How ART is evolving because of covid-19


We seem to be coming to the end of the tunnel and the light is within our grasp with this pandemic. Countries are opening, business are preparing to welcome their customers back But one thing is for sure, things will definitely be different for a while. Especially in industries in which caters for large groups. Art being one of them.


There is a rise in virtual galleries:

Spokane Arts will post an online open gallery for local artists to share their works via Artsteps. Step into the nonprofit arts organization’s virtual space on Friday (or any time in the month of May) and see new work by more than 20 local artists. Find the link on Spokane Arts’ website at spokanearts.org. Spokane Arts also will host a virtual panel discussion titled “Creative Urgencies” to explore ideas around community-based and new media-driven art practices. Azzah Sultan, one of the artists now showing at Terrain Gallery, will be on the panel along with Spokane-based sound and visual artist Jessy Earle and Mary Welcome, a multidisciplinary cultural worker and artist-activist. Artist June T. Sanders will moderate the group discussion subtitled “Art, Networks and Collective Care,” followed by a Q&A. Find the link at spokanearts.org to watch the Zoom discussion at 5 p.m.

Richmond Art Collective will host an online exhibition, art sale and panel discussion titled “Processing the Now” featuring works made by collective members at their homes during social distancing. The 10-by-10-by-10-inch or smaller-sized works stem from the artists’ personal struggles or triumphs in making sense of this difficult time. Art sales will be available for pick-up via the collective’s Art Take Out service. Proceeds from art sales will support member artists, many of whom have lost significant income due to the COVID-19 pandemic. To access the online sale, visit richmondartcollective.org/sale. Register for the panel discussion at us02web.zoom.us/webinar/register/WN_aItf3-EURYy9ztyEAfkajw. The talk will begin at 7 p.m.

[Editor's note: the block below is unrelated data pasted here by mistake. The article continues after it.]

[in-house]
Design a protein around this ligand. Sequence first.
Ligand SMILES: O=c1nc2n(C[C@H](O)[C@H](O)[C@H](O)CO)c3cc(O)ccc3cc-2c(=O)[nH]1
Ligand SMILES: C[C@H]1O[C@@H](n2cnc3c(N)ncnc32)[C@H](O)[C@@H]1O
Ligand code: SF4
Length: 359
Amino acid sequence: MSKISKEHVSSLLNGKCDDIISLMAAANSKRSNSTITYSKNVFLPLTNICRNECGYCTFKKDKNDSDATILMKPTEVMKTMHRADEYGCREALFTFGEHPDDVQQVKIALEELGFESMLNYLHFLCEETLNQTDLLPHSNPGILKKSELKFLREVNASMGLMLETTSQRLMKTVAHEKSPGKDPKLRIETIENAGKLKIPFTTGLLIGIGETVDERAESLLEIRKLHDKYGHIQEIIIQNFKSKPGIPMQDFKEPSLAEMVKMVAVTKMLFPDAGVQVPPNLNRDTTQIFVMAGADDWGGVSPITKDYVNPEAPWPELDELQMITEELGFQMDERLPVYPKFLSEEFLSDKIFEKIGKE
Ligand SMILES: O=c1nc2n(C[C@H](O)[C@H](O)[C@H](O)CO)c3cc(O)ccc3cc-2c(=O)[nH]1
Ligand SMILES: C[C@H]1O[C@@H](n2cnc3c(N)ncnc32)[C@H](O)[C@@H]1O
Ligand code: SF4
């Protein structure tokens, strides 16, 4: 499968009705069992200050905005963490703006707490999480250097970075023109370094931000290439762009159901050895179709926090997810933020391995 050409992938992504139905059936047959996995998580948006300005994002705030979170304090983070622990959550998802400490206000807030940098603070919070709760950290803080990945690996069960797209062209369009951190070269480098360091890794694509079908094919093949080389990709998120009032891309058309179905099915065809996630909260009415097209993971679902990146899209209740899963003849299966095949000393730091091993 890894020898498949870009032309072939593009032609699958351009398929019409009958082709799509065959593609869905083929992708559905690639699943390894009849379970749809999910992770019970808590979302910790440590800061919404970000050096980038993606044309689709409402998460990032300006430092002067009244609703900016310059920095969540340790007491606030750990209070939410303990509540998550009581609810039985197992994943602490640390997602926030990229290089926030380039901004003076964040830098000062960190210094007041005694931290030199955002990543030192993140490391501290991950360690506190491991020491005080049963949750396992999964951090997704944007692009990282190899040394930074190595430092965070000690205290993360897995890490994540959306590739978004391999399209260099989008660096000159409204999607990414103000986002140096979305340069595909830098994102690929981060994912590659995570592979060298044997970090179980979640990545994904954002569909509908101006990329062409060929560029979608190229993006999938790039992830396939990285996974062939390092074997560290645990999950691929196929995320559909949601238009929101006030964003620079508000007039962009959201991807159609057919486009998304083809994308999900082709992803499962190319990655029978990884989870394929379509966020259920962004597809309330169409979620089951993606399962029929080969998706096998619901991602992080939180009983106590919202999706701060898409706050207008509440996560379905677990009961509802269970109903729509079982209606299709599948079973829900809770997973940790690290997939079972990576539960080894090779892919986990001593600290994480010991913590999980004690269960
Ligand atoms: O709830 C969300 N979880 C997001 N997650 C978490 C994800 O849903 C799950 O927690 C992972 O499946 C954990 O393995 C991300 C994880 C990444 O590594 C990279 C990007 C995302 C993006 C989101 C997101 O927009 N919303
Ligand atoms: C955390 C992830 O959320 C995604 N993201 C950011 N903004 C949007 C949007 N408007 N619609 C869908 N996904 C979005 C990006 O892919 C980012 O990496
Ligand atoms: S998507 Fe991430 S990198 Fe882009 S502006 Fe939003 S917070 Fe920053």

Laboratory, the art gallery and residency program that attracts interactive artists from all over the world, will host live-artist talks starting Friday afternoon. The creative chats kick off with Selin Balci, a visual artist and biologist who creates artworks with Petri dishes filled with mold, fungi and other organisms, and refers to her work as “a living studio.” She has exhibited internationally in group and solo exhibitions. The live stream will be on Laboratory’s FB and Instagram starting at 2 p.m. Here is a link to all the current Laboratory artists discussing their interactive works: youtube.com/playlist?list=PLi9VWOiqRTyYy9Ya6alEVhBZzcJbUXWHU.

Gonzaga University’s Undergraduate Exhibition is virtual this year and still beautiful. The university’s art department has created a stellar online catalog of the senior students’ thesis exhibition. Learn more about the individual artists and explore the works of graduating seniors Sophia Maggio, Alexander Lee, Bridget Foster, Finn Semling, Abigail Kirsten, Sam Baird, Alyssa Lobkov, Lily Alsept, Grace Karam and Omar Avellán. Go to gonzaga2020artexhibition.com. Cultural institutions are also using social media to animate and educate people at home. There are specific international hashtags such as #MuseumMomentofZen that focus on sharing works of art. The other popular hashtags is #MuseumfromHome.

Technology is the solution for engaging audiences while museum doors remain closed, but what will happen when they open again?

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